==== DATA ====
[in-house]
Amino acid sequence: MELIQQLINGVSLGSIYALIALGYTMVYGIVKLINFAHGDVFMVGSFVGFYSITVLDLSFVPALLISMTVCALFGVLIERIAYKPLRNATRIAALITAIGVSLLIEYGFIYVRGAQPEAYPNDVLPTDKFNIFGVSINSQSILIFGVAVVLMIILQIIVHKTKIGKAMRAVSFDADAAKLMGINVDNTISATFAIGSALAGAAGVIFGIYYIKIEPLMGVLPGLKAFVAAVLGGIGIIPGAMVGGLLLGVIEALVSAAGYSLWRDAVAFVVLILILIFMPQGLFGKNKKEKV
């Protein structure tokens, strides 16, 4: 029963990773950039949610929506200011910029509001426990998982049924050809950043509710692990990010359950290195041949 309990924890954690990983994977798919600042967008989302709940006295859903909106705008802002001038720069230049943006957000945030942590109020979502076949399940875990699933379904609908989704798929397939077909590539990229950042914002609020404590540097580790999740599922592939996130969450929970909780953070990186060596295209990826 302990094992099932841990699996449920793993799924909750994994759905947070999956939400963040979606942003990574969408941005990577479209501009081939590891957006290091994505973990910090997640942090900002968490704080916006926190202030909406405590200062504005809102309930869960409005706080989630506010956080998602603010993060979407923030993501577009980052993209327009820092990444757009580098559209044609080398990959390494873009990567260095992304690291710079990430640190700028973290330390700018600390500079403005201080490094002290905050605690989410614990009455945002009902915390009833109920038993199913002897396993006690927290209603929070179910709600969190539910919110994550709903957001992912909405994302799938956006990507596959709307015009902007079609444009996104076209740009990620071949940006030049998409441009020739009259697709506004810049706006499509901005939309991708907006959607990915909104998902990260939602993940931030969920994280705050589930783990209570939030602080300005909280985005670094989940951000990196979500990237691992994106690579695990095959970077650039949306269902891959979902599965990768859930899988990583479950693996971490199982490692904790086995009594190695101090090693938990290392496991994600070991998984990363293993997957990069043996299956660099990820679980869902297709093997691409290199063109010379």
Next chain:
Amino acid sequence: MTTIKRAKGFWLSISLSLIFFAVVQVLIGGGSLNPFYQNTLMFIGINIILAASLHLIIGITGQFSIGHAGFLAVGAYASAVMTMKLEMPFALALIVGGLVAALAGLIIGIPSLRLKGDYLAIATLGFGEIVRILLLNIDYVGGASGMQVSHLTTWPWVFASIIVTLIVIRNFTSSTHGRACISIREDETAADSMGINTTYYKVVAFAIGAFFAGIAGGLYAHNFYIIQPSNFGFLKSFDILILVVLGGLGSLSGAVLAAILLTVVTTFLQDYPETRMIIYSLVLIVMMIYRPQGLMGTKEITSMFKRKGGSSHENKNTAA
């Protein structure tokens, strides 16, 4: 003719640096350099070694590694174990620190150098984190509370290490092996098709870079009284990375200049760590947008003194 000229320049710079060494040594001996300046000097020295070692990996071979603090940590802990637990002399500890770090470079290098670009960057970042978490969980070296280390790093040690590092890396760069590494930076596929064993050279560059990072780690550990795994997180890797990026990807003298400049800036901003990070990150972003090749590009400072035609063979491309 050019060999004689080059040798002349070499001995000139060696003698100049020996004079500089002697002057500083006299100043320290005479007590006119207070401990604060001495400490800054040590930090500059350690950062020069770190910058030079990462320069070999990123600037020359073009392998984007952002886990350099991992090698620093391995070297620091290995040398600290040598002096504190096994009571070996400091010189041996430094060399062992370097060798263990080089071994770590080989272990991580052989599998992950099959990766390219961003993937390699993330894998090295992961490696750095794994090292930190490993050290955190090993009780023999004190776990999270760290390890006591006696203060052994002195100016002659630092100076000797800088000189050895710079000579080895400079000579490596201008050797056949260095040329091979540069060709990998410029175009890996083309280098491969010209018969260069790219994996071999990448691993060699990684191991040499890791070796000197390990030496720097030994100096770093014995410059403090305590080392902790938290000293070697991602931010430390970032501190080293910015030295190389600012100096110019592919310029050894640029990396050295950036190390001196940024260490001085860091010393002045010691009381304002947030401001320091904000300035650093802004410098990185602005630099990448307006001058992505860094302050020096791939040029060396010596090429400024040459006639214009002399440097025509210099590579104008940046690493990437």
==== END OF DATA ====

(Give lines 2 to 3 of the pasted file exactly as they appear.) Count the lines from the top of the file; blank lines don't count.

Amino acid sequence: MELIQQLINGVSLGSIYALIALGYTMVYGIVKLINFAHGDVFMVGSFVGFYSITVLDLSFVPALLISMTVCALFGVLIERIAYKPLRNATRIAALITAIGVSLLIEYGFIYVRGAQPEAYPNDVLPTDKFNIFGVSINSQSILIFGVAVVLMIILQIIVHKTKIGKAMRAVSFDADAAKLMGINVDNTISATFAIGSALAGAAGVIFGIYYIKIEPLMGVLPGLKAFVAAVLGGIGIIPGAMVGGLLLGVIEALVSAAGYSLWRDAVAFVVLILILIFMPQGLFGKNKKEKV
């Protein structure tokens, strides 16, 4: 029963990773950039949610929506200011910029509001426990998982049924050809950043509710692990990010359950290195041949 309990924890954690990983994977798919600042967008989302709940006295859903909106705008802002001038720069230049943006957000945030942590109020979502076949399940875990699933379904609908989704798929397939077909590539990229950042914002609020404590540097580790999740599922592939996130969450929970909780953070990186060596295209990826 302990094992099932841990699996449920793993799924909750994994759905947070999956939400963040979606942003990574969408941005990577479209501009081939590891957006290091994505973990910090997640942090900002968490704080916006926190202030909406405590200062504005809102309930869960409005706080989630506010956080998602603010993060979407923030993501577009980052993209327009820092990444757009580098559209044609080398990959390494873009990567260095992304690291710079990430640190700028973290330390700018600390500079403005201080490094002290905050605690989410614990009455945002009902915390009833109920038993199913002897396993006690927290209603929070179910709600969190539910919110994550709903957001992912909405994302799938956006990507596959709307015009902007079609444009996104076209740009990620071949940006030049998409441009020739009259697709506004810049706006499509901005939309991708907006959607990915909104998902990260939602993940931030969920994280705050589930783990209570939030602080300005909280985005670094989940951000990196979500990237691992994106690579695990095959970077650039949306269902891959979902599965990768859930899988990583479950693996971490199982490692904790086995009594190695101090090693938990290392496991994600070991998984990363293993997957990069043996299956660099990820679980869902297709093997691409290199063109010379």